DC Accident Lawyer Explains Your Legal Options After a Fire
In the event of a fire, smoke alarms are often invaluable, life-saving devices that alert a building’s occupants of the danger and give them time to get to safety. Due to the potential dangers of a fire, premises liability law requires building owners to install smoke detectors. However, landlords and other building owners may neglect these rules by failing to install or service alarms. Additionally, some smoke alarms contain dangerous product defects which prevent them from working when they should. In either case, without the warning of a smoke detector, building occupants may be trapped in a fire. This can cause severe burn injuries, smoke inhalation, and possibly wrongful death.
If you were hurt or lost a loved one in a fire due to defective smoke detectors, then you may have a claim against the property owner and/or the device manufacturer. The attorneys at Regan Zambri Long PLLC have over 100 years of collective experience with both product liability and premises liability law. We can work with investigators to find the circumstances that caused the fire and the reason your smoke detector failed.
Who Is Responsible for Installing Smoke Alarms?
Each state has its own laws concerning the number and placement of smoke alarms in residential and commercial properties. However, most areas have regulations that require landlords and property owners to maintain smoke detectors throughout buildings. For example, Washington DC premises liability law requires:
- A smoke alarm on the wall or ceiling of every bedroom in a residential property, and an additional detector in every sleeping area near a bedroom.
- At least one smoke detector on every floor, including basements and attics, if habitable.
- In new buildings, smoke alarms must be wired into the wall, with a battery backup. Additionally, all alarms must be interconnected, so that if one goes off, they all do.
- Owners of existing buildings must install hard-wired, interconnected alarms only when remodeling or other construction work exposes the house’s wiring. Otherwise, battery-powered devices are acceptable.
- Washington DC also requires the installation of carbon monoxide detectors in certain buildings where CO2 poisoning poses a risk.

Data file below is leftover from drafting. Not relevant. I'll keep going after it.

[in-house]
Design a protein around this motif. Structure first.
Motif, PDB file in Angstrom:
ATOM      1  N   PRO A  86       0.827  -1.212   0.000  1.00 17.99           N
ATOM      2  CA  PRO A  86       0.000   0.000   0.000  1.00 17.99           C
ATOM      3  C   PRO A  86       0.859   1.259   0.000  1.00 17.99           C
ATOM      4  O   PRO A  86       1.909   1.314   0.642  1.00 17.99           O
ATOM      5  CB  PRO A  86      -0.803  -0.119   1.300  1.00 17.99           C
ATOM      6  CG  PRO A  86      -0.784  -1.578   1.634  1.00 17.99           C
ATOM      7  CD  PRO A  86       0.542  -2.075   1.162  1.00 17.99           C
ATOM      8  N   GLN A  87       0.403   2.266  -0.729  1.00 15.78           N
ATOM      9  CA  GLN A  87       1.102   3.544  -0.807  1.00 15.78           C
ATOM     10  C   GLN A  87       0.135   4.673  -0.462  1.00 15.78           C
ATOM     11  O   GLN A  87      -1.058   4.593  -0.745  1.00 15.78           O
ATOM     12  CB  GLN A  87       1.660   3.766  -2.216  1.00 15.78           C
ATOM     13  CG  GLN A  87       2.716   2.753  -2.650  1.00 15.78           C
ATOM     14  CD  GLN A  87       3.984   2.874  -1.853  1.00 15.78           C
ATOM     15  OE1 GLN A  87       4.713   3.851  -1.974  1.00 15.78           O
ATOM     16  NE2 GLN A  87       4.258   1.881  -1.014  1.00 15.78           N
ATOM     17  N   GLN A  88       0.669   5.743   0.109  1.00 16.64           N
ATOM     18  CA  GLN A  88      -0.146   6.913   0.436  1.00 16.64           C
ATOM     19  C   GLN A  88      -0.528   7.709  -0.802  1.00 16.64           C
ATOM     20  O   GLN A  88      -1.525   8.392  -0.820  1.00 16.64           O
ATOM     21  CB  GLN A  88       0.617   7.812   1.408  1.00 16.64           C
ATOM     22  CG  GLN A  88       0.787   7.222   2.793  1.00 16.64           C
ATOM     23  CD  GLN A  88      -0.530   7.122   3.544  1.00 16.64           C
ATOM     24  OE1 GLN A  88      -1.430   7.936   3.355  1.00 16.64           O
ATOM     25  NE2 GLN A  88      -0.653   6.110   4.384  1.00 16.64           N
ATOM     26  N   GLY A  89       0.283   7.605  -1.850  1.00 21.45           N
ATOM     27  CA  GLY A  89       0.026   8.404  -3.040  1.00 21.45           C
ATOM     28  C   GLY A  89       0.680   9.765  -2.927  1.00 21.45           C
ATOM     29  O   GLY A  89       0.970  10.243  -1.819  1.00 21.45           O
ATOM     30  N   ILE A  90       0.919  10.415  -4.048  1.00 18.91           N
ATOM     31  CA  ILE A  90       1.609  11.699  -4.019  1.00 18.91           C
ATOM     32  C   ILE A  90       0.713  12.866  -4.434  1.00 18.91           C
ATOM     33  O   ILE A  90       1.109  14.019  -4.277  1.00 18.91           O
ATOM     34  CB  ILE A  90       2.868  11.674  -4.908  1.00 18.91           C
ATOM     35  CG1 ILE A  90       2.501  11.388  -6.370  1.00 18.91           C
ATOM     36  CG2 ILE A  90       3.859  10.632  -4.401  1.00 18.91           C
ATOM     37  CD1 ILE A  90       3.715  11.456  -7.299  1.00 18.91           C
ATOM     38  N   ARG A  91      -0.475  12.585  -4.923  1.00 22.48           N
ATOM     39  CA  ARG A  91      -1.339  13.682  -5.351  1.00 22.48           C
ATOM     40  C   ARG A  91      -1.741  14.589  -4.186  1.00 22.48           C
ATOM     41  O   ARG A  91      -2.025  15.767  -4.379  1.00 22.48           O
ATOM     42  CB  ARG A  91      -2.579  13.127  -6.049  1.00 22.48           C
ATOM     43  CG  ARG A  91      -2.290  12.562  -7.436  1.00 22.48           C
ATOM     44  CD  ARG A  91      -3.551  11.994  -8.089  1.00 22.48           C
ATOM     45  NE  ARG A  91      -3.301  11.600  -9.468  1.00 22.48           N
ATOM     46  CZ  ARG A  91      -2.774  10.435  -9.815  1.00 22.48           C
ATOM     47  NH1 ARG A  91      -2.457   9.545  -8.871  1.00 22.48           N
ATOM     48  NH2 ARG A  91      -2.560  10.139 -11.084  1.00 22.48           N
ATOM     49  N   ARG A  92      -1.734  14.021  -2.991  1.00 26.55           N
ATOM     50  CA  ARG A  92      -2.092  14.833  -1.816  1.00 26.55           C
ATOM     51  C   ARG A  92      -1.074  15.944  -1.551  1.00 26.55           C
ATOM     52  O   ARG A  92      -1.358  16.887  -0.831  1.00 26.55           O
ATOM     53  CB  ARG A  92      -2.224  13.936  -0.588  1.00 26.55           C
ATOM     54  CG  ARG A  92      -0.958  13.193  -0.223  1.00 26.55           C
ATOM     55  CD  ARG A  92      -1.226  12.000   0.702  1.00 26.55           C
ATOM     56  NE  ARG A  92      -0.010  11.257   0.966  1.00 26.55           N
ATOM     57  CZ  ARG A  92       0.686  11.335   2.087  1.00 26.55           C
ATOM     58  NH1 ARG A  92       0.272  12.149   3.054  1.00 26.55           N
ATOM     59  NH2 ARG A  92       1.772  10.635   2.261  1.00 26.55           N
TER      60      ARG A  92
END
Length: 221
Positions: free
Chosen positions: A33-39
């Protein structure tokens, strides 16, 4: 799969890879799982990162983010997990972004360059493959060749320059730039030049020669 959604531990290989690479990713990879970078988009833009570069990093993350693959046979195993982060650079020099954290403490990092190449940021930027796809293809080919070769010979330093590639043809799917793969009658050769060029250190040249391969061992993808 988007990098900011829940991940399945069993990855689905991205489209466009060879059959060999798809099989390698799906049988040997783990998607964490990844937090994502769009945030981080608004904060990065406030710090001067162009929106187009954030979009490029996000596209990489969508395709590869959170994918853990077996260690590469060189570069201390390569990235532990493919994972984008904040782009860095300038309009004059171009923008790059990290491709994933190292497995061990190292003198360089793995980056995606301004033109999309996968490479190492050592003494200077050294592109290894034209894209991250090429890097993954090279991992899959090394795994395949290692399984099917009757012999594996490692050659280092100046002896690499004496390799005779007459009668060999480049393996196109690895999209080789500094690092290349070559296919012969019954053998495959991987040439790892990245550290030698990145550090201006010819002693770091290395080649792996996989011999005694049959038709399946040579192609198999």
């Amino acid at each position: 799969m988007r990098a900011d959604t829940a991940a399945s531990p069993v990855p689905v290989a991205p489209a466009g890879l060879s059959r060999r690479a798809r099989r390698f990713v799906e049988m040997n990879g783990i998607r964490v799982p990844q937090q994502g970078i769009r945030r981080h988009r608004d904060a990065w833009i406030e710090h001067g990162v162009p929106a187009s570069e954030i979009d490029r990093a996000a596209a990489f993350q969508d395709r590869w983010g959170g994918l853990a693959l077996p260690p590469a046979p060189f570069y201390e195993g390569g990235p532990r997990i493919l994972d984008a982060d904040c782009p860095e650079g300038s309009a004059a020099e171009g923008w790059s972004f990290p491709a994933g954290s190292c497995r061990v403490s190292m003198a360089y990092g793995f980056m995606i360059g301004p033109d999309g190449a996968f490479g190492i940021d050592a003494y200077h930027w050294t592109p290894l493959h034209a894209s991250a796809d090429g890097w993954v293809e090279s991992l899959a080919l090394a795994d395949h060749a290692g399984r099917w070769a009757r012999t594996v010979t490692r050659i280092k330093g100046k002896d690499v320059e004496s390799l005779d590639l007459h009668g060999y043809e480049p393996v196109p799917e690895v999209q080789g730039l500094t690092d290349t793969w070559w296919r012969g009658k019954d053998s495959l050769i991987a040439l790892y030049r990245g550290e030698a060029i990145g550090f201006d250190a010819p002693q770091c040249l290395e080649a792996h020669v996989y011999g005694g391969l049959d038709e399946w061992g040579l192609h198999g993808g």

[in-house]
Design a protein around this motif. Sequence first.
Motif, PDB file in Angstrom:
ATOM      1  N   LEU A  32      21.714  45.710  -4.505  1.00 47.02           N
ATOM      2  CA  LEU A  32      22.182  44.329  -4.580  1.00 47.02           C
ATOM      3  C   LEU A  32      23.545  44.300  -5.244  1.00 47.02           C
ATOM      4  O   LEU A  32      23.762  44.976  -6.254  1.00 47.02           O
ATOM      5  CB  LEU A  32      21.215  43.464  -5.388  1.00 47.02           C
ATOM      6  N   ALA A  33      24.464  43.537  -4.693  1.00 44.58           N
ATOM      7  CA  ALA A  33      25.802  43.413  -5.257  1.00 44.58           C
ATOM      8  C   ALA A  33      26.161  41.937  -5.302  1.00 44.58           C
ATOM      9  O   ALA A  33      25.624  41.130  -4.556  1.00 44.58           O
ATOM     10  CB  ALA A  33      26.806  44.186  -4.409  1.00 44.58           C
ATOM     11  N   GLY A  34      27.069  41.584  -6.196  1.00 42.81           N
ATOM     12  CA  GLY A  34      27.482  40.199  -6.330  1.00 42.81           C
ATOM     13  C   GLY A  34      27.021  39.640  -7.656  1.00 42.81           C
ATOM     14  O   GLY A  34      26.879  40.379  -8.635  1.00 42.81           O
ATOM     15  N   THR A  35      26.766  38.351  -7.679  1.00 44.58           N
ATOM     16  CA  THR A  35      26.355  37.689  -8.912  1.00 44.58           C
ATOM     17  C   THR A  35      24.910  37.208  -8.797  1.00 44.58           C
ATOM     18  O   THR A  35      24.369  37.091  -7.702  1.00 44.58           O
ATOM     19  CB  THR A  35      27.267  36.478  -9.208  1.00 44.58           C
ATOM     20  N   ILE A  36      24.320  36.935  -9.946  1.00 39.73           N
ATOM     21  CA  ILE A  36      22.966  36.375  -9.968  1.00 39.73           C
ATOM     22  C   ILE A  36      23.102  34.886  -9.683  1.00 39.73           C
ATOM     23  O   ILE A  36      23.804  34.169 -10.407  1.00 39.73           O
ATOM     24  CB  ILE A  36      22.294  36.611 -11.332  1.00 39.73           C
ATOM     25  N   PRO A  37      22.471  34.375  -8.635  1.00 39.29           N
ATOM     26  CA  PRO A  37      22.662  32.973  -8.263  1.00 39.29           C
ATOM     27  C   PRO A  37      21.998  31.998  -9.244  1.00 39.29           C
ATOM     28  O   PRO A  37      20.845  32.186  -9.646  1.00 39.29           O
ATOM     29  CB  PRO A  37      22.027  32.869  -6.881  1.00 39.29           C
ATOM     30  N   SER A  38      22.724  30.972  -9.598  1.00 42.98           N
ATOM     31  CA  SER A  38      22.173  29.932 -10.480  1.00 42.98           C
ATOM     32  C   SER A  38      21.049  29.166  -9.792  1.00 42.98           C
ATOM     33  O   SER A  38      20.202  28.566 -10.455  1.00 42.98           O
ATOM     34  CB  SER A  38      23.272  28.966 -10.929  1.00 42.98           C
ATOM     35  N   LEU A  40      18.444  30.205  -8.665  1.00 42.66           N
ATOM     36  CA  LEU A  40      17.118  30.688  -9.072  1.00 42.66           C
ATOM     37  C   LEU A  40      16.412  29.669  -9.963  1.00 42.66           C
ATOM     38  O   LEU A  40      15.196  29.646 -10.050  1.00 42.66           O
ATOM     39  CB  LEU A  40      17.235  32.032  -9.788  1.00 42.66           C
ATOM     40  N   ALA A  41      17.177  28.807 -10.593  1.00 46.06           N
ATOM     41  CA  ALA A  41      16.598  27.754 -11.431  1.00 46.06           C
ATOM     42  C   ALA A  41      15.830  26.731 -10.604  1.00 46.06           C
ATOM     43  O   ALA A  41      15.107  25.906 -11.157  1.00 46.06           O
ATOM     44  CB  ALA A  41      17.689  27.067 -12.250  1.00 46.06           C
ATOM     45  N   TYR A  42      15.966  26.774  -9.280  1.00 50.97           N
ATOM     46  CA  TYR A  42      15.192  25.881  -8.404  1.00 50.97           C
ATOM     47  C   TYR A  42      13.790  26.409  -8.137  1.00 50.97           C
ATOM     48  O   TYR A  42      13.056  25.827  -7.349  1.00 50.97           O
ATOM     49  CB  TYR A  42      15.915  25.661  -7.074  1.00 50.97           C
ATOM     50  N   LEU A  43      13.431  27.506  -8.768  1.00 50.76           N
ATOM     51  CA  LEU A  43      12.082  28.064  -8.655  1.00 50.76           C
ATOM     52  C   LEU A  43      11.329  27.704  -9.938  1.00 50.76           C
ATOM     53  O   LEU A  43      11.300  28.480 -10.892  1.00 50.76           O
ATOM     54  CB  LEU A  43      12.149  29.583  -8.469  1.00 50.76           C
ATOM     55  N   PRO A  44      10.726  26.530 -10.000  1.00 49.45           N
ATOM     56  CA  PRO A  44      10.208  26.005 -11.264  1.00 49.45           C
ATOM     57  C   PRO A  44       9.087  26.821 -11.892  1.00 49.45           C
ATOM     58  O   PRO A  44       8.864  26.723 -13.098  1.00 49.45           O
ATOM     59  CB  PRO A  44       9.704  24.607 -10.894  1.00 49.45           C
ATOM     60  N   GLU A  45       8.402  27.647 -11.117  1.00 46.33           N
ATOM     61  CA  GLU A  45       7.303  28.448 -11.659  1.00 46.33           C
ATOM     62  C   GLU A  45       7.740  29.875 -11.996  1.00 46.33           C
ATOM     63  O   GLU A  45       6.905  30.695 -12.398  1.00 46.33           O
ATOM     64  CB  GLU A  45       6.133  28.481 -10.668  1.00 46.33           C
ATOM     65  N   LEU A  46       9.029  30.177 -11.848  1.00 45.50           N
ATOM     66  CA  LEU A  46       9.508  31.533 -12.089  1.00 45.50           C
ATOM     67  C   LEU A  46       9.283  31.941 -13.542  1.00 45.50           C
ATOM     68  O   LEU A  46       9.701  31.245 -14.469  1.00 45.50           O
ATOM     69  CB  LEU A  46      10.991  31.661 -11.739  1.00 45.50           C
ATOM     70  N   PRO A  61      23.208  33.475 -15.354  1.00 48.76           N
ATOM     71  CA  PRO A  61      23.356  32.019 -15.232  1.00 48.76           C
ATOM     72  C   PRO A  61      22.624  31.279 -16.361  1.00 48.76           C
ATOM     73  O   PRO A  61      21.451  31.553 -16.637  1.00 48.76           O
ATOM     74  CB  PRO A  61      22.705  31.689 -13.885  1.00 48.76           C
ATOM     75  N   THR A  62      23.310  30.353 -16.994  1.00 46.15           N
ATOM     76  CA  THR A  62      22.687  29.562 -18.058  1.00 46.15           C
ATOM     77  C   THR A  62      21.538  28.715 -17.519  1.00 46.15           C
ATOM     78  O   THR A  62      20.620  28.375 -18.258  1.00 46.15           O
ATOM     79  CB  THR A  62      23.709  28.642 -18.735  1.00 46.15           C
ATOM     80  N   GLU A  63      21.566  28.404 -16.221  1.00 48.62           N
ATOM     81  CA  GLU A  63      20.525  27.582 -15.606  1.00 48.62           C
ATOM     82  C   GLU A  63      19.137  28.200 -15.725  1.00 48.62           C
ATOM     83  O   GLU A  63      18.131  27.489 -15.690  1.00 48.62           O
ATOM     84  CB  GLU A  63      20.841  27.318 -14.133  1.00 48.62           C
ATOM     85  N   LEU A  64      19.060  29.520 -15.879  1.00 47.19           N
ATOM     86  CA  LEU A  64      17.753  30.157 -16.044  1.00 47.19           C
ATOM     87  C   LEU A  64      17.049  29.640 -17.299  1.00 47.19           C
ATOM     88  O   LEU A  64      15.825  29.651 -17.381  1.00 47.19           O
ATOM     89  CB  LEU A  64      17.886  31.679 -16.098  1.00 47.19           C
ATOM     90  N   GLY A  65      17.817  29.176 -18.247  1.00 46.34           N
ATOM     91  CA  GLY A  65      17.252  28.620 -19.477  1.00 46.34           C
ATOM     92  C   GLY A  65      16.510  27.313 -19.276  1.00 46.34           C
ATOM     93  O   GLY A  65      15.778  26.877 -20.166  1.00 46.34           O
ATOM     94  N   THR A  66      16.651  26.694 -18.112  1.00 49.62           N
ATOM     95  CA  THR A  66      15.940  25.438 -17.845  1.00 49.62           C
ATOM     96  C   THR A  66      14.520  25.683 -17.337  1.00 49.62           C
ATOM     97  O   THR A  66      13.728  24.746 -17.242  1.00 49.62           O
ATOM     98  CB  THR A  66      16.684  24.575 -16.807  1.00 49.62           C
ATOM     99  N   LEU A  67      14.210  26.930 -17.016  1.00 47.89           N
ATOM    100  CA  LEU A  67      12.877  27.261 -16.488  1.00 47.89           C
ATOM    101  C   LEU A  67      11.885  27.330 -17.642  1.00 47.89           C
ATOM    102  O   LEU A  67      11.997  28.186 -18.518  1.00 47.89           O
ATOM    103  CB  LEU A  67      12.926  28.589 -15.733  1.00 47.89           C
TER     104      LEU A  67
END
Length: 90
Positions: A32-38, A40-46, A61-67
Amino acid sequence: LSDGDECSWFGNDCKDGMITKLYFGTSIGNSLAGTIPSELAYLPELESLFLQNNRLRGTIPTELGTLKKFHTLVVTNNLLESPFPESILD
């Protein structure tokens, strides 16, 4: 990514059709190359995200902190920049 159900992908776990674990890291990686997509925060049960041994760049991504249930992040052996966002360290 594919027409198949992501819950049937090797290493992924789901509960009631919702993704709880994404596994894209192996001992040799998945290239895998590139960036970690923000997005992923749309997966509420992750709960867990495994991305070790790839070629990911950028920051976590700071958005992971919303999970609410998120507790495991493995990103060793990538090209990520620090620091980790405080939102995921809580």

Therefore, if you rent or lease a home or apartment, then your landlord or the property owner may be responsible for complying with these laws. However, property owners sometimes neglect these rules. In some cases, a building may have alarms in the proper places, but they may not have batteries or power. Consequently, if you sustain injuries in a fire due to lack of a proper fire alarm, then you may have grounds for a premises liability claim against the owner.
Can I File a Lawsuit for Smoke Alarm Defects?
Negligence during the design or manufacturing process of a smoke alarm may result in a dangerously defective product. These alarms may malfunction, failing to work properly or work at all. Additionally, some manufacturers fail to adequately warn consumers of a device’s known drawbacks. For example, there are two general types of smoke detectors: photoelectric and ionization alarms. The mechanism of an ionization detector may make it less likely to sense a smolder or slow-burning fire. In some cases, this can cause a delay of 20 minutes or more before the alarm sounds. This can be particularly dangerous, as slow-burning fires may cause serious smoke inhalation injuries. However, many manufacturers do not include warning labels about this risk of ionization smoke detectors.
In these cases, you may be able to file a product liability lawsuit against the manufacturer for your burn injuries and other damages. Depending on the circumstances, you may have grounds for a claim based on defects, failure to warn, and/or breach of warranty. However, demonstrating a fire alarm defect in a lawsuit can be difficult, especially if it sustained fire or water damage. A Washington DC accident lawyer can work with industry experts to examine the detector and determine why it failed.
Smoke Alarm Questions? Contact a DC Accident Lawyer from Our Firm
If a smoke detector malfunction caused your injuries or a loved one’s wrongful death, then contact our law firm today. We can investigate the alarm and the premises on your behalf. Once we determine whether the property owner and/or manufacturer may be responsible, we can assist you in filing a lawsuit. We serve clients in Washington DC, Maryland, Virginia and other states.
Call (202) 463-3030 or contact us online today to speak to an attorney and schedule a free consultation.